Warm regards

Hi Patrick

I am hesitant to make any concrete suggestion as I do not know where you are living. In their natural habitat Fever trees can grow very tall and 10 to 15 meters across, but in drier areas they may reach only 5 - 10 meters tall with a spread of around 4 or 5 meters.

The planting distance from each other could be anything from 8 to 20 meters apart, depending on climate, available water, type of soil and the final effect you would like to create - open forest or shady grove. I assume you have plenty of space but do be aware that the canopy can grow very wide, so keep them away from any permanent structures.

I hope this has provided you with enough information to make a decision, but feel free to contact me with more information about your locality and climate.

Kind regards

Hi, my wife and I just bought a house in port edward, there is 4 fever tree's about 2meters tall, but about 1.5 meters away from our garage. Will it later lift my structure or do any damage? Hope not cause we really love the tree's!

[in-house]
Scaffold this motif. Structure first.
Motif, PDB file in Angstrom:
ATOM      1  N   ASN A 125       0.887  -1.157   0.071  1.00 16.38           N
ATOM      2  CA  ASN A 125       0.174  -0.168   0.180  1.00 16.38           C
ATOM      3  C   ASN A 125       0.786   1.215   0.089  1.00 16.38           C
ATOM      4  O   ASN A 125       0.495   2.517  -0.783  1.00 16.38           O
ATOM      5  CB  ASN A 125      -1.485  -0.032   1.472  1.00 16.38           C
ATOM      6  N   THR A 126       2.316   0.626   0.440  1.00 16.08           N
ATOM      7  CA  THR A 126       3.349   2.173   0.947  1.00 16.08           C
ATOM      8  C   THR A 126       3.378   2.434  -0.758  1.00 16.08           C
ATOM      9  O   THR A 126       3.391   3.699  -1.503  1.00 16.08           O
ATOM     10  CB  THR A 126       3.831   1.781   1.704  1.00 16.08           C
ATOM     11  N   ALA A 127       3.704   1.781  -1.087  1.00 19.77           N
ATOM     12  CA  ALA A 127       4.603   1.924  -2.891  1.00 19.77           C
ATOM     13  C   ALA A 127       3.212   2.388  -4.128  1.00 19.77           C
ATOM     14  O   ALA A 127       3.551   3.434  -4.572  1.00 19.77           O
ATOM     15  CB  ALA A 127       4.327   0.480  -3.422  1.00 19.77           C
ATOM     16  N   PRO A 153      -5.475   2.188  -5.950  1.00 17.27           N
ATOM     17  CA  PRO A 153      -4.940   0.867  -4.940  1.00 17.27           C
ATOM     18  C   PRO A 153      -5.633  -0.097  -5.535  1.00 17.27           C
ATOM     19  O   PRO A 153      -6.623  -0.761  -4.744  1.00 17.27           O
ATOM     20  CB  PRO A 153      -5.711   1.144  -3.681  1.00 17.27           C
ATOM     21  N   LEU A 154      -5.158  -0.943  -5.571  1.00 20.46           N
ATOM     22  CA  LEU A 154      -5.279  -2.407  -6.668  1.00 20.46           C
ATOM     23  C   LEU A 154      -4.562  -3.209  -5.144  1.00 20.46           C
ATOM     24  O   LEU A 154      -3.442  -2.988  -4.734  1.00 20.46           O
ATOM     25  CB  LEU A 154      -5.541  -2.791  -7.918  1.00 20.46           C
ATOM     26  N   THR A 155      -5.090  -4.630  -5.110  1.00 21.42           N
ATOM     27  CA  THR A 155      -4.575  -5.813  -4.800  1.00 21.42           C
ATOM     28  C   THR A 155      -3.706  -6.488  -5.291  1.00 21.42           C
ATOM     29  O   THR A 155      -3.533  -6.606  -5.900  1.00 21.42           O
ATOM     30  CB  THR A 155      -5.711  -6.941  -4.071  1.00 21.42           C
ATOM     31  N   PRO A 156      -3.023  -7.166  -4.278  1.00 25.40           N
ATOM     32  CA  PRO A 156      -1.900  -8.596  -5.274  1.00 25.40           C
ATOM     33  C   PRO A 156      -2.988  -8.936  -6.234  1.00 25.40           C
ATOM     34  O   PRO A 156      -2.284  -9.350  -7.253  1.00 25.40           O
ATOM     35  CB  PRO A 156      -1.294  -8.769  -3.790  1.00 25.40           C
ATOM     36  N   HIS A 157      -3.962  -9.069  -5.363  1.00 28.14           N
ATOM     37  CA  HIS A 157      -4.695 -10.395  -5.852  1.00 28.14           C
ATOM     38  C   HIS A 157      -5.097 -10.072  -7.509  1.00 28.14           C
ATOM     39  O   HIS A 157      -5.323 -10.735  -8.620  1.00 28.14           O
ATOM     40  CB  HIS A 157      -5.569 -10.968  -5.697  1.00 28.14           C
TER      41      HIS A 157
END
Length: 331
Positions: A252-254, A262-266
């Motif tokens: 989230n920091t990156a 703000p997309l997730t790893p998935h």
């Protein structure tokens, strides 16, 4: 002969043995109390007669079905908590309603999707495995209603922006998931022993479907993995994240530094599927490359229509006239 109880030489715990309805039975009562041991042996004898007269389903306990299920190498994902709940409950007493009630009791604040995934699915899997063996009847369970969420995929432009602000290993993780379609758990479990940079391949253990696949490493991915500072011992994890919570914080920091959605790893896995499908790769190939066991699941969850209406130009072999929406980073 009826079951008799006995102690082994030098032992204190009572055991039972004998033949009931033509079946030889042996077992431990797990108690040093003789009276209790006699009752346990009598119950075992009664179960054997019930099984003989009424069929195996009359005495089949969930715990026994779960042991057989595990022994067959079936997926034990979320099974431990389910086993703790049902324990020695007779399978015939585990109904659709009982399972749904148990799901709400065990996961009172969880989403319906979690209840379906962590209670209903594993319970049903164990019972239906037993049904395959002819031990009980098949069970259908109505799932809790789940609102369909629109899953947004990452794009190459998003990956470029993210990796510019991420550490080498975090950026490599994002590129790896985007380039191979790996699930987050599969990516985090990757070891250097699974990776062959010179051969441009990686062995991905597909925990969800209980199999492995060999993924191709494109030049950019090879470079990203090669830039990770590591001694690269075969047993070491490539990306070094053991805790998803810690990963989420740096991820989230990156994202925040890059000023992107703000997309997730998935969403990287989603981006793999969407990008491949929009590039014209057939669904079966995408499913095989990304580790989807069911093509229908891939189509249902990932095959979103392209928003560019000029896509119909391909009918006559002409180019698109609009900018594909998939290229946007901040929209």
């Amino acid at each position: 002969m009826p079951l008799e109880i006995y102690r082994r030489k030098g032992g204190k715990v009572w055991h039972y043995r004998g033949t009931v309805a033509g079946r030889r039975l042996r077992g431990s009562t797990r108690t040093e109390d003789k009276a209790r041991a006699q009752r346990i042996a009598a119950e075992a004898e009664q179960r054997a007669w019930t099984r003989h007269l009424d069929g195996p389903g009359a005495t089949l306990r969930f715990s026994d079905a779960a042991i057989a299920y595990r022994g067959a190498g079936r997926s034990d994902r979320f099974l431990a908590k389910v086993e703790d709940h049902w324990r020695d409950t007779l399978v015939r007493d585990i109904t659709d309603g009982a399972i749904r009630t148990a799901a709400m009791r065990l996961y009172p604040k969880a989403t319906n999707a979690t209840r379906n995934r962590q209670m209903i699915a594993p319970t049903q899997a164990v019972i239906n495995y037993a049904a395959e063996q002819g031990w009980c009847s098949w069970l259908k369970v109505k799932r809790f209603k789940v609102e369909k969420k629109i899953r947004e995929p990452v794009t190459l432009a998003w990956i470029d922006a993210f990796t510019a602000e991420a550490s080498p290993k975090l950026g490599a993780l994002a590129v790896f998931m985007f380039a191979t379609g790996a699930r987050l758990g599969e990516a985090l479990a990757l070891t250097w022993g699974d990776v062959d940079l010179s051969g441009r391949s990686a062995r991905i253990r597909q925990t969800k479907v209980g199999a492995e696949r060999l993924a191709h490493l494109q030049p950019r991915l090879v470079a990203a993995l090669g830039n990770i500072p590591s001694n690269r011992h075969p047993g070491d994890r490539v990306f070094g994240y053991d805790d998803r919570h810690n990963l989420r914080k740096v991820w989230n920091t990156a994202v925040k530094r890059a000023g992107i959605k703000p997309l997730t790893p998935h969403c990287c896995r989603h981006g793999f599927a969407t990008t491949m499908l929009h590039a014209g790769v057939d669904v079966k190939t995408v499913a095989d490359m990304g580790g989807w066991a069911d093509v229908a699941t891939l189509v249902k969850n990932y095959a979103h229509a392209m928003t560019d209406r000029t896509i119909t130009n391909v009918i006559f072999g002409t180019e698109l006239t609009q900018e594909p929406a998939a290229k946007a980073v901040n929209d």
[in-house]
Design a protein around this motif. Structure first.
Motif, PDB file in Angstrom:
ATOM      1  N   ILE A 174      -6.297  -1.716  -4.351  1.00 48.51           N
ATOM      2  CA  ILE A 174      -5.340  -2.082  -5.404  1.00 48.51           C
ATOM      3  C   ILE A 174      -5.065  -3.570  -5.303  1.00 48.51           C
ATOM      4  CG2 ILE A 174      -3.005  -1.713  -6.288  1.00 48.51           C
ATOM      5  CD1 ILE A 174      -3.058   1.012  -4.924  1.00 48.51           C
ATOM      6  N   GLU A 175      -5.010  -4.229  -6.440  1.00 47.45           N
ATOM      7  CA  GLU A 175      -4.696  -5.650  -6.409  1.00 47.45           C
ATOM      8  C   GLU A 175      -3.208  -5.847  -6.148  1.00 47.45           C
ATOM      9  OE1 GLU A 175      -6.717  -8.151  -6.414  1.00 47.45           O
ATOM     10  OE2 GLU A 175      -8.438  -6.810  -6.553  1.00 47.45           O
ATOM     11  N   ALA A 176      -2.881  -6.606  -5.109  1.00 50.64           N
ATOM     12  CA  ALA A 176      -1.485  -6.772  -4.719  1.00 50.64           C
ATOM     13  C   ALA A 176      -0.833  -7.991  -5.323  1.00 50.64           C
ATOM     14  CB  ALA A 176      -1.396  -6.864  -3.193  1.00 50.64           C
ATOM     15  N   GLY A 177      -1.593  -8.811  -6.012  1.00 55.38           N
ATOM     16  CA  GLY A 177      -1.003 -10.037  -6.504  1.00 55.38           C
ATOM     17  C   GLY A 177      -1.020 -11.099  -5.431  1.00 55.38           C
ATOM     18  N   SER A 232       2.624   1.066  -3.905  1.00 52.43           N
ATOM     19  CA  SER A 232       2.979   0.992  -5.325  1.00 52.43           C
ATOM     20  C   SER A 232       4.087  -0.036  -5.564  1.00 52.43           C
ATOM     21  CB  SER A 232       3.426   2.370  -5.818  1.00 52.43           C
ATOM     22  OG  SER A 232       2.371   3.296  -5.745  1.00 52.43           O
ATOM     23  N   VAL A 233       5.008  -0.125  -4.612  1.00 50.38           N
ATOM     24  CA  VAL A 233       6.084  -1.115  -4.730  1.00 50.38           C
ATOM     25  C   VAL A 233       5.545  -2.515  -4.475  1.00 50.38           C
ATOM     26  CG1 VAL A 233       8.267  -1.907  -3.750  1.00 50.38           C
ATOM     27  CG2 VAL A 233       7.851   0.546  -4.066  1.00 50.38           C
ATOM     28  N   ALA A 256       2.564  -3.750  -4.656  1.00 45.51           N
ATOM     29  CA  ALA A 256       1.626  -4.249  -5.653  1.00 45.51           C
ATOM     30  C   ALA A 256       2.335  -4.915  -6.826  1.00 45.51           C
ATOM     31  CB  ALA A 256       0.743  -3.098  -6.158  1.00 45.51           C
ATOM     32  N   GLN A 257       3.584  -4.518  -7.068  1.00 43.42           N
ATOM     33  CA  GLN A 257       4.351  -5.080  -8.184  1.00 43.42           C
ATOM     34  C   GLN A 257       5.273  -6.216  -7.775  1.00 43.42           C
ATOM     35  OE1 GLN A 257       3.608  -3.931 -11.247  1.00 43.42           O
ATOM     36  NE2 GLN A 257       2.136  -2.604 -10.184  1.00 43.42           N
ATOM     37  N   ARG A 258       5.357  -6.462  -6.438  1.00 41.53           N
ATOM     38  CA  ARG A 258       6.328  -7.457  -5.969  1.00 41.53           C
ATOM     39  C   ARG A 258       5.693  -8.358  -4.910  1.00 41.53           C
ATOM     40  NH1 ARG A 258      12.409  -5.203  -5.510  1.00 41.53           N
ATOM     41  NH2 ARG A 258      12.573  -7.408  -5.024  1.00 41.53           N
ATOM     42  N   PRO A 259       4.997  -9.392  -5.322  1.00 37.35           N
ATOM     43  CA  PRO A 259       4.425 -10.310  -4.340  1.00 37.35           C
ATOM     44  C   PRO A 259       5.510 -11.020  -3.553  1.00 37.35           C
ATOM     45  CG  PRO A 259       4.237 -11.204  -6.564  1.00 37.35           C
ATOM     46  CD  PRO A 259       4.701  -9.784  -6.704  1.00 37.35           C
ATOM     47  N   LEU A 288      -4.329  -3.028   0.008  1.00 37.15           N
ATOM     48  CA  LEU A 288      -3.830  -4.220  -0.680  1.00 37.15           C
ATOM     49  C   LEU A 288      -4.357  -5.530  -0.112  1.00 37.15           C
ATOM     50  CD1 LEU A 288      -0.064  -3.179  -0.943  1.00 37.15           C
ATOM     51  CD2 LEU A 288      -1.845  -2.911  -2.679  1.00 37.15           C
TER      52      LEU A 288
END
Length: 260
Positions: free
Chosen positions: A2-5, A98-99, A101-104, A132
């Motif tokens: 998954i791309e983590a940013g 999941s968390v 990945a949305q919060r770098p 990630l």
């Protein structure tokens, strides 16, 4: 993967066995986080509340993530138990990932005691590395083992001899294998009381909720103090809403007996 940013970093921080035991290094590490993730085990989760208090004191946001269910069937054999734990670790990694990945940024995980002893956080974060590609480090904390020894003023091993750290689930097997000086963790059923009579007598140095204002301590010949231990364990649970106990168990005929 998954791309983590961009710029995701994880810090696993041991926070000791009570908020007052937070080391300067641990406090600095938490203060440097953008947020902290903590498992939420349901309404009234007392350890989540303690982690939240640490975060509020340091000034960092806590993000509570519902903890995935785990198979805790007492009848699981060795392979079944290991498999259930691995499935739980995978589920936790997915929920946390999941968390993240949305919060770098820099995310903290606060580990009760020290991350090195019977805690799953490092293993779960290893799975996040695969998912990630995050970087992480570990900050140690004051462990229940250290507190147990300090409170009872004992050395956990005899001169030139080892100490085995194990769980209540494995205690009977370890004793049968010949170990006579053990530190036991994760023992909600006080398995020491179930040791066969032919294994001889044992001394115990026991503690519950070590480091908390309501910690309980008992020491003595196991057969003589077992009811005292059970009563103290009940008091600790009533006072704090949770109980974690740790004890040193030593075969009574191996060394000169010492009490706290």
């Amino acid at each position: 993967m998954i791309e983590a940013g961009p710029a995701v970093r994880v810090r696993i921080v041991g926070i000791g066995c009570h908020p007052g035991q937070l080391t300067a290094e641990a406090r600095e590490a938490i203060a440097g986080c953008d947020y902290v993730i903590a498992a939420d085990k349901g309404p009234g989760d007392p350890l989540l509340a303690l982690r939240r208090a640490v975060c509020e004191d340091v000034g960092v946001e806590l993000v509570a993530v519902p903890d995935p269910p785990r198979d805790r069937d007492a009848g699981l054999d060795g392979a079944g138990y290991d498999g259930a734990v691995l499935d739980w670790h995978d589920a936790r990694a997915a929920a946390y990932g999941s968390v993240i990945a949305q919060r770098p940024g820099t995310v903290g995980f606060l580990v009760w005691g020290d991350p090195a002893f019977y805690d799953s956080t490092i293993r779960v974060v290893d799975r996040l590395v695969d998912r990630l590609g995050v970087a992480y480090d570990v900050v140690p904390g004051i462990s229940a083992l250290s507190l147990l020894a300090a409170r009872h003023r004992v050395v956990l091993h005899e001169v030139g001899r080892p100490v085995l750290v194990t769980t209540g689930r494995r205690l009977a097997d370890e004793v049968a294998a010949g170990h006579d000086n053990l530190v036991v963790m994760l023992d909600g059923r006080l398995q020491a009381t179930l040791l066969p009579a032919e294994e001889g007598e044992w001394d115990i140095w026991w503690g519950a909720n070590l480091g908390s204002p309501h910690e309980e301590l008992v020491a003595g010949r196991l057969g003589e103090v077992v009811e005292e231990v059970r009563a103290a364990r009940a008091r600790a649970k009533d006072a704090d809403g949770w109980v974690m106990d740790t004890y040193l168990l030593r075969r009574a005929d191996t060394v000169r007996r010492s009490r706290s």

Hi Roy

These beautiful trees have been planted in the wrong place and it saddens me to suggest they be removed. However....

Fever trees can grow very large with a wide-spread canopy, which can become invasive if too close to a permanent structure. With Port Edward's relatively high annual rainfall the trees are likely to thrive, with branches that could hang well over the garage roof, not only blocking gutters with leaves, pods and thorny debris, but with the added danger of a branch breaking and falling onto the building.

For myself I would not want a Fever tree planted any closer than 8 to 10 meters away from a permanent structure.

Unfortunately, although your trees are still quite small, it is unlikely that they would survive transplanting. Acacias have long, deep tap roots which, once damaged, result in the death of the tree.